It is with great sadness that we mark the death of John Hamilton, 55, the much loved and respected Art Director for Penguin General and Michael Joseph, and both friend and inspiration to so many here at Penguin Random House UK.
John joined Penguin in 1997 as Art Director for Penguin General Adult Publishing, immediately taking the art department by storm with what would later become known as his trademark wit and creativity, and his unerring eye for remarkable, thought-provoking design. In over twenty years with Penguin he continued – and pushed to new limits – our long tradition of placing great design at the heart of the company.
Working with so many of our bestselling authors – from Zadie Smith, William Boyd and Nick Hornby to Jamie Oliver, Dawn French and Antony Beevor – John created timeless, iconic covers which have become synonymous with the texts themselves. On a personal level, too, John’s charm and empathy, coupled with his profound ability to read between the lines of a book, helped him establish close relationships with authors and help realise their vision through his design.
He particularly loved cookery books (he collected over a thousand of them), and perhaps his most important partnership was with Jamie Oliver. He art directed every one of Jamie’s books and they forged over twenty years a highly creative professional collaboration as well as a deep friendship.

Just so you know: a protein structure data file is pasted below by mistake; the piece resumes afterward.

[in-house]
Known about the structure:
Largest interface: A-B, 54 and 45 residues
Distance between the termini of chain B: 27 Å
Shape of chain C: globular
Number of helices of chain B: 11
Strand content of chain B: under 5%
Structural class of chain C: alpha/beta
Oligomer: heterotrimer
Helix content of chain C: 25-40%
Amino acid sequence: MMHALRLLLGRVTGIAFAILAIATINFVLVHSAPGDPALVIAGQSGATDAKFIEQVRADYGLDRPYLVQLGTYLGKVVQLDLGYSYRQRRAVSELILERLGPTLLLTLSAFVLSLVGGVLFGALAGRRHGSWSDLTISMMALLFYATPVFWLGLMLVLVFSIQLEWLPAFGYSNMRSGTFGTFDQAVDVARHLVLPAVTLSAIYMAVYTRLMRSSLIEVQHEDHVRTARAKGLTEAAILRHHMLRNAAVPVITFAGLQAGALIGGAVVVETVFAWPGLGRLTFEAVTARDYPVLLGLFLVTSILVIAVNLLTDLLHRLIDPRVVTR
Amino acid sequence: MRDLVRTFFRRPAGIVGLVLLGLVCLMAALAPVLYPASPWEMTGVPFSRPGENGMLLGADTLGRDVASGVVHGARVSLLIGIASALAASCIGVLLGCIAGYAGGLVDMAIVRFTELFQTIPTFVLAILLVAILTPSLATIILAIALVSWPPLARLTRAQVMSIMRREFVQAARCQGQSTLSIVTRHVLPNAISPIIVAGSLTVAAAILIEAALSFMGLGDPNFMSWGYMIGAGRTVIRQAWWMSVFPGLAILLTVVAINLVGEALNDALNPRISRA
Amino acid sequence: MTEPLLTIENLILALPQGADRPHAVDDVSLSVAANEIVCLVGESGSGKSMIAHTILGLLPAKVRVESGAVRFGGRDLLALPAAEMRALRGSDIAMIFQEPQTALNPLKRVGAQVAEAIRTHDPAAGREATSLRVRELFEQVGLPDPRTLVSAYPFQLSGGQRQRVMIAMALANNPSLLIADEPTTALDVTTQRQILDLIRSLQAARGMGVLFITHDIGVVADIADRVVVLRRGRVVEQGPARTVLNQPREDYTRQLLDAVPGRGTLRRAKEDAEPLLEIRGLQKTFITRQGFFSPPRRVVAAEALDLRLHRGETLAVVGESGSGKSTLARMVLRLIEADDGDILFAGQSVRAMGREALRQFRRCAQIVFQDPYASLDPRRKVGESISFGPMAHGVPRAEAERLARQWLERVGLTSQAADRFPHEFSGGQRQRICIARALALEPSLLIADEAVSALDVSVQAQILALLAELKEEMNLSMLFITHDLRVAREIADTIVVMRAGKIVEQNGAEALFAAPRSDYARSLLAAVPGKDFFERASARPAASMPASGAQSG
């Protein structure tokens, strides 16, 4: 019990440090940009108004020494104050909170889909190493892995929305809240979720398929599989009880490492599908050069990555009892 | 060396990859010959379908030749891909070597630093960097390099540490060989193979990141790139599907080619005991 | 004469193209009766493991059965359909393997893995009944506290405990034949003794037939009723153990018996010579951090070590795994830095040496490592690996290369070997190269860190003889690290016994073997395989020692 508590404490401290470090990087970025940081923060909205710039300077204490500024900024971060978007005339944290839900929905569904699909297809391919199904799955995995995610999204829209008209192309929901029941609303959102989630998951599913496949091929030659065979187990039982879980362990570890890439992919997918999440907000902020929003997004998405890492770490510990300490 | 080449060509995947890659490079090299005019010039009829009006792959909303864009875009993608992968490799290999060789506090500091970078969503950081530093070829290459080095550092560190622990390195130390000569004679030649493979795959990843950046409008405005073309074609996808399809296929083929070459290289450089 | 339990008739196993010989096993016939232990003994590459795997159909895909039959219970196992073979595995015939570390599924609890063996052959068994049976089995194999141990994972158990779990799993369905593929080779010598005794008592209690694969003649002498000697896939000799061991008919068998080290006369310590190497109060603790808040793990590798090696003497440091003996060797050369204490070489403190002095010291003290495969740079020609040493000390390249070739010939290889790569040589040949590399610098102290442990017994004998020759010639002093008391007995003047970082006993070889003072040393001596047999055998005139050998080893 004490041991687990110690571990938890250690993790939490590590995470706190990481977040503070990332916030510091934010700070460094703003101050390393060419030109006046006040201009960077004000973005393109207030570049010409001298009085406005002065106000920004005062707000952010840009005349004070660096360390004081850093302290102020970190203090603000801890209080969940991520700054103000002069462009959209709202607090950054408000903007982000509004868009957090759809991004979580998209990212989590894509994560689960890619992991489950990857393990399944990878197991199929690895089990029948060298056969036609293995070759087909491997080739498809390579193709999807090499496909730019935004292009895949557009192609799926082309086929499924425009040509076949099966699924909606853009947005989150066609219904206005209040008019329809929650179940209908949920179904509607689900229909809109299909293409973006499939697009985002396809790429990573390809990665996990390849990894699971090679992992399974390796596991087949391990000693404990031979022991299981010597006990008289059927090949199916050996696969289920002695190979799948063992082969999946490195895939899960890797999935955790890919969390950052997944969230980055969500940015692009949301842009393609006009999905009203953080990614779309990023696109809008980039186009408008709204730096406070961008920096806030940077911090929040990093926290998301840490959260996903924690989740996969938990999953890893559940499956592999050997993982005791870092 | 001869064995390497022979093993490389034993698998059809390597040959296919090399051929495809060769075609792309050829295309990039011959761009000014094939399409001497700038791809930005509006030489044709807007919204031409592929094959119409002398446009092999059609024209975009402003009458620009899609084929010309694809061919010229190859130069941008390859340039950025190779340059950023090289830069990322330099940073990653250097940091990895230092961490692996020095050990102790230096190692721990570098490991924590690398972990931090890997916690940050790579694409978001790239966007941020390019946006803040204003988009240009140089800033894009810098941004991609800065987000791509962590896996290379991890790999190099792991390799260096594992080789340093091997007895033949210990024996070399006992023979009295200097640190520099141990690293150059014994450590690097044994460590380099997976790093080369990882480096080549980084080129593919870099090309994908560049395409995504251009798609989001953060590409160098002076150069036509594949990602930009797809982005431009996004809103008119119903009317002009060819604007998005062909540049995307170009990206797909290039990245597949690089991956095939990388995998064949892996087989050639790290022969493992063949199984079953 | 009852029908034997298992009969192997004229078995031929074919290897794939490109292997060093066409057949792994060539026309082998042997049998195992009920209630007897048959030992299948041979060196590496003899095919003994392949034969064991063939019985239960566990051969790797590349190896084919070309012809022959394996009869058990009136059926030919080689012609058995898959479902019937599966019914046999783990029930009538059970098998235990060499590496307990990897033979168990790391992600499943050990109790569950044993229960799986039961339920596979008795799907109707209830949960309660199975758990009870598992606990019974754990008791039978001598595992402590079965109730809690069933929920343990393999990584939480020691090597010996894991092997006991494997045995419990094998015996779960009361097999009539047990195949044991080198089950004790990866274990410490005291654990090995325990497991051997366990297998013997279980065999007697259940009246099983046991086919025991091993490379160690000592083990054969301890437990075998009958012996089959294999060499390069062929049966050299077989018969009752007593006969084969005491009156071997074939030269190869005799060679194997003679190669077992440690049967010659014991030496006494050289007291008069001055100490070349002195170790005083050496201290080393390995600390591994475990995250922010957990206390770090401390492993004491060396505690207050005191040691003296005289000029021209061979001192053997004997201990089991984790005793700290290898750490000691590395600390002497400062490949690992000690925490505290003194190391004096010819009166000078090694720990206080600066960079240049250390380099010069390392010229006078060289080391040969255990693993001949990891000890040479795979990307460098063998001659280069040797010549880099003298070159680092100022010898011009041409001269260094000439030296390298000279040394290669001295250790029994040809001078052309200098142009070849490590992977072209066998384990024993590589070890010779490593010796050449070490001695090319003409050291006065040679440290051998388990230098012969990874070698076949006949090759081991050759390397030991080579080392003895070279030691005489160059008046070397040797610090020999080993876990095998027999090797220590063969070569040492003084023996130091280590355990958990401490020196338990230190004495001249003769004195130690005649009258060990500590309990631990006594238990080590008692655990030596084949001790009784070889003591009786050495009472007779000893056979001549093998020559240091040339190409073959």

He also made a lasting impact on the wider creative industry; helping to discover and then nurture many talented young designers, often straight out of art school, as well as spotting the very best illustrators, photographers and artists early on in their careers. He brought some of the biggest names in art and design into Penguin: from Banksy to Peter Blake, from Shepard Fairey to William Eggleston, John always believed that everyone would want to work for Penguin – and he was right.
John’s creative vision was stimulated by a broad range of interests and a catholic taste. He loved the very English illustrative heritage of Ravillious and Bawden on the one hand, as well as the international edginess of his favourite tattoo artists, who - increasingly in recent years - practiced their art on John’s body. In 1998 he led the launch of the Penguin Essentials collection – a collection of modern classics aimed at a new generation of readers. John purposefully commissioned a diverse and eclectic selection of work from around the world – from graffiti artists and tattooists to fashion and music industry designers – to rethink and reinvigorate the visual identity of these classics. He famously instructed his designers to ignore publishing conventions and just “do what you do”; resulting in a collection of books with striking, unconventional cover designs which still powerfully resonate with readers over two decades later.
John’s legacy won’t just live on in his book covers, but also in the culture he fostered in his team and further across the business He was an inspiration and mentor to many of our young designers, and a great colleague and friend to those who had worked with him over the years. He loved the books business. Not just the design end of things. He liked to know that the books he thought highly of also sold well and became bestsellers. He was passionate about Penguin: its past, present and future and believed fully in its mission to bring the very best books to the widest number of readers. He was central to that and it’s hard to imagine the place without him.